• I have been in the performing arts for over 40 years. As many predicted, the next two years will see many arts orgs vulnerable and perhaps closing. Pandemic funding has dried up and audiences are slow to return. If you want arts in our community, support them now. And urge our legislators to support them as well.

            When the word woke is used these days it is usually a sign of overly simplistic thought. I think that there are grounds for debate about many trends in the arts and otherwise. But to dismiss without thought and consideration is not helpful and just dumbs down the debate. The whole point is to make people think.

          • “ Broadway audience numbers are much lower than pre-pandemic levels”? I don’t think so. And many are still in business.

            ˆˆˆˆThe 2022-23 season was the first full season since Broadway came back from the COVID-19 pandemic shutdown. Shows continued to be affected by COVID, however the industry did not experience the extensive illness-related cancellations of the prior season. Tourism was stronger but not back to pre-pandemic levels, particularly in terms of international tourists. The season had fewer playing weeks and performances than in the (record-breaking) full seasons that pre-dated the shutdown, which contributed to lower attendance than in those seasons, but the % of capacity for the season was strong at more than 88%.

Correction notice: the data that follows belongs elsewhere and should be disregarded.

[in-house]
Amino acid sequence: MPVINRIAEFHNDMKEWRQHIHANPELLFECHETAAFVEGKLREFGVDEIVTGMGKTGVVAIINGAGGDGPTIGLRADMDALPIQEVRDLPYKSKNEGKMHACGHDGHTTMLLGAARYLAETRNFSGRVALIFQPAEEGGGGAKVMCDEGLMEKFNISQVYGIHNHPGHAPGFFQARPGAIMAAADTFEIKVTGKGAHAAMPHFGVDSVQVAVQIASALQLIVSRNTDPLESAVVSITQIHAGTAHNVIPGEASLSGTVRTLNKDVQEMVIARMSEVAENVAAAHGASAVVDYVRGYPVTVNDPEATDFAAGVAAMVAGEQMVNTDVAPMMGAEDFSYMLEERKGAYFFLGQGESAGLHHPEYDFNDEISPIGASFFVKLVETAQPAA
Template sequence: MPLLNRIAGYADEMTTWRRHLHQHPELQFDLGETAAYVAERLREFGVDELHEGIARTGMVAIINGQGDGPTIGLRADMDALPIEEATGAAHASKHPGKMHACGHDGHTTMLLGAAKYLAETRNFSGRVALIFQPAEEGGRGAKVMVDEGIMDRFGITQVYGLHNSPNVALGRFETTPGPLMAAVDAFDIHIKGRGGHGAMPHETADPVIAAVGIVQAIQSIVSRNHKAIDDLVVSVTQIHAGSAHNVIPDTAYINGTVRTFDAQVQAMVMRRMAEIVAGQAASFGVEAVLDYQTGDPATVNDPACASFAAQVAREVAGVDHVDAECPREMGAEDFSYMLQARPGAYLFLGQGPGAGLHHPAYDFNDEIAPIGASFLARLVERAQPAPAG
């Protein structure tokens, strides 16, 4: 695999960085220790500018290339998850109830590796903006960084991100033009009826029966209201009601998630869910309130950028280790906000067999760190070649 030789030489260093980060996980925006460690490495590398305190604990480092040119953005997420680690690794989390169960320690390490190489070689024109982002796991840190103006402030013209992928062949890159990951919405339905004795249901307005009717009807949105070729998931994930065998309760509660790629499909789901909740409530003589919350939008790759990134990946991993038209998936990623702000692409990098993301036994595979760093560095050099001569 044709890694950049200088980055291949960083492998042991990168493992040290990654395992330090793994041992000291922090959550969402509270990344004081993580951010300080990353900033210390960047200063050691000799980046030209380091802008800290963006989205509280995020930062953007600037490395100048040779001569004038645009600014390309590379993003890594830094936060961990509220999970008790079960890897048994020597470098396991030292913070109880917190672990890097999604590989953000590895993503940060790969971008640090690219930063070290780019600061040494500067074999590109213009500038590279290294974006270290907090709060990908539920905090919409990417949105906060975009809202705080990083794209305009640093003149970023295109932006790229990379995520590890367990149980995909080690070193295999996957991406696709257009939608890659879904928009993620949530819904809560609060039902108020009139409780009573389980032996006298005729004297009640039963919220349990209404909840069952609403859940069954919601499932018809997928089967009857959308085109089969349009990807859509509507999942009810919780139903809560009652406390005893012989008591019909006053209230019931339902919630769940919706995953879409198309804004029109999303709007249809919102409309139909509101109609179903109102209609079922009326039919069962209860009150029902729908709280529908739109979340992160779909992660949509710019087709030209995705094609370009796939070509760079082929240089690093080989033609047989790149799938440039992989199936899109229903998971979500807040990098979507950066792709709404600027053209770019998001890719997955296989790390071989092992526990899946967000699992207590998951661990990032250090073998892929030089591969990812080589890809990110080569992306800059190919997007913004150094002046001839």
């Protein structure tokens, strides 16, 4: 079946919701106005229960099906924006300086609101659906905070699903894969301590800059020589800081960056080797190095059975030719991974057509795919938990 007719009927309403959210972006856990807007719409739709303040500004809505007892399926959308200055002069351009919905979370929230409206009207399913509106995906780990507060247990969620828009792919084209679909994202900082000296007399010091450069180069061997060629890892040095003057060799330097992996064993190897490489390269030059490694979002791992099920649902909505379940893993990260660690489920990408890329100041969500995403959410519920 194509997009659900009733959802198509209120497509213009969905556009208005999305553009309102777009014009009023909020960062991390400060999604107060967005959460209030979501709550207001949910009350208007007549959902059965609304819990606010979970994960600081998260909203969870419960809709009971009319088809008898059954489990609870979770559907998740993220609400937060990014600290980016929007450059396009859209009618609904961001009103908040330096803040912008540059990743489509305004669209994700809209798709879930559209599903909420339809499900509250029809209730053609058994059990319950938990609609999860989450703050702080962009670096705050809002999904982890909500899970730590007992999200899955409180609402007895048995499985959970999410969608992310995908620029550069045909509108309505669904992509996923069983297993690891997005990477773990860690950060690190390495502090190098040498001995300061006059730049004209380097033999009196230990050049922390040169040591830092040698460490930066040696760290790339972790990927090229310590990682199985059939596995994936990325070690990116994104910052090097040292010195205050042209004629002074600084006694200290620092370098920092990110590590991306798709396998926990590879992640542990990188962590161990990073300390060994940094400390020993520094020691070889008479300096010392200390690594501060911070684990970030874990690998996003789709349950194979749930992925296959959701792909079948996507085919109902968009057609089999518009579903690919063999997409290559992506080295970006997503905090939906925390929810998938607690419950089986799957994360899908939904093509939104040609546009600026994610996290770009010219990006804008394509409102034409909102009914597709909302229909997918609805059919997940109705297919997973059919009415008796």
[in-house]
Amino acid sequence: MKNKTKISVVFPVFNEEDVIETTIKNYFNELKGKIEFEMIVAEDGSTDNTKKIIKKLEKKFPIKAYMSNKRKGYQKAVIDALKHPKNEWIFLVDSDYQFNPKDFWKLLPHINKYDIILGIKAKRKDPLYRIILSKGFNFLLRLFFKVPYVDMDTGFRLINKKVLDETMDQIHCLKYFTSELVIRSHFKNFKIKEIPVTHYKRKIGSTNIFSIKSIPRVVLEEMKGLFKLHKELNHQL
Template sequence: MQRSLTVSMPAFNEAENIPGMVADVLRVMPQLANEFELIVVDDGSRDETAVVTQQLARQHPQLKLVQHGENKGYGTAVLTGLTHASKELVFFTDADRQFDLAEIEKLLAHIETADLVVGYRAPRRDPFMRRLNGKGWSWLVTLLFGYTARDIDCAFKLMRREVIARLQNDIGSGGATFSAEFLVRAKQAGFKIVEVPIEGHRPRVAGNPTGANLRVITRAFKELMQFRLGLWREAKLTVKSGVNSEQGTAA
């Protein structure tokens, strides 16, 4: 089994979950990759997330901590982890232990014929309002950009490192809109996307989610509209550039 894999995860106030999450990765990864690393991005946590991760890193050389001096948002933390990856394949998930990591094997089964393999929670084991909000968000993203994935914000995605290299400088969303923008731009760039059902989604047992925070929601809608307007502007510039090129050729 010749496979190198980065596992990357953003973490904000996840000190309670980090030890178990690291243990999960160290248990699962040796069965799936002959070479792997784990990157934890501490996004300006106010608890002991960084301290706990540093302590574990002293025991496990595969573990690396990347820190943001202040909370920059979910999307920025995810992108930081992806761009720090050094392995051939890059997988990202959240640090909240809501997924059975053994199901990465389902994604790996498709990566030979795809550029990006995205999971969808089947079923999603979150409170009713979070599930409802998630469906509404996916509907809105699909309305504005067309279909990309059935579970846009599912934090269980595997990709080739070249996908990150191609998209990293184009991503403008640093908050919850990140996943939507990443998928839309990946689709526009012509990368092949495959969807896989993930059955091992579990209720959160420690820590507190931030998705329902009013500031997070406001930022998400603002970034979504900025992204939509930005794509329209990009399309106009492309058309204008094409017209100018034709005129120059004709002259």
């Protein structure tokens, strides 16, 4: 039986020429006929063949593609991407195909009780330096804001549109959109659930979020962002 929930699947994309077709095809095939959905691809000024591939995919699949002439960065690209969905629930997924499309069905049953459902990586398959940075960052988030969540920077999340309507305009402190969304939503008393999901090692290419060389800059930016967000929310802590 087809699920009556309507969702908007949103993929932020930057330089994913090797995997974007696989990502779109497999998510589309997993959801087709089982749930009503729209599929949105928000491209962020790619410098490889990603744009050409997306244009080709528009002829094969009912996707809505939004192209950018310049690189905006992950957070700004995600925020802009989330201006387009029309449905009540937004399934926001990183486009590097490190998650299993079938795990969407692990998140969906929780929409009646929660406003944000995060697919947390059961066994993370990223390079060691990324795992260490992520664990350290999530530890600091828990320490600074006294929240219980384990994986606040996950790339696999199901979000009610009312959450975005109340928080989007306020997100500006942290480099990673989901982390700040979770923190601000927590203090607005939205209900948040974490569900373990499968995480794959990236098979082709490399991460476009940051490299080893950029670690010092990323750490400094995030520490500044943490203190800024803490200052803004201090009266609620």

Season Gross
            *(by millions)
            *(by millions)
            Playing Weeks** New Productions
            2022-23^^^^ $1,578 12.28 1,474 40
            2021-22^^^ $845 6.73 946 39
            2019-20^^ $1,358 11.14 1,282 33
            2018-19^ $1,829 14.77 1,737 38

        • Wow there seems to be seasoned Broadway Producer among us! Everyone in the business knows that the economics of Broadway differ from the performing arts almost everywhere else and that few Broadway shows actually result in ROI for investors. One backs a Broadway show for other reasons.

          If Broadway fare is your cup of tea, then by all means go. But don’t think that conditions on Broadway (and New York arts in general) have much to do with other locales.

          We’re dealing with issues that are complicated. Simple answers aren’t helpful.

          • No. What we have here is someone who cannot follow the string of discussions.

            My Broadway stats were directed to Ms. Breen, (not you, to be clear) who injected Broadway in the commentary, comparing its woes to what happened to NewRep. Can you read my reference in quote to her?

            Misguided comments are worthless; so are sarcastic histrionics.

      • The situation is more complex than some make it out to be. The pandemic is certainly a factor, unless one has an agenda clouding one’s analysis.

        The fact is that, currently, cultural assets that many in our community value are at risk. This situation was predicted by many of my colleagues as early as two years ago.

        If we want the cultural enrichment as well as the economic stimulus that arts organizations bring, we must take action before additional established organizations are lost. It takes a long time to get an arts org to a stable, mature stage.

        At a time when Watertown is seeking to establish a cultural district, losing a major cultural institution is a big setback. One can quibble about content, but there is little doubt as to the value that arts orgs add to a community–both intellectually and economically.

  10. Interesting Revelation: What the U.S. Census calls us.

    United States Census Bureau
    What’s New & FAQs
    Watertown Town city, Massachusetts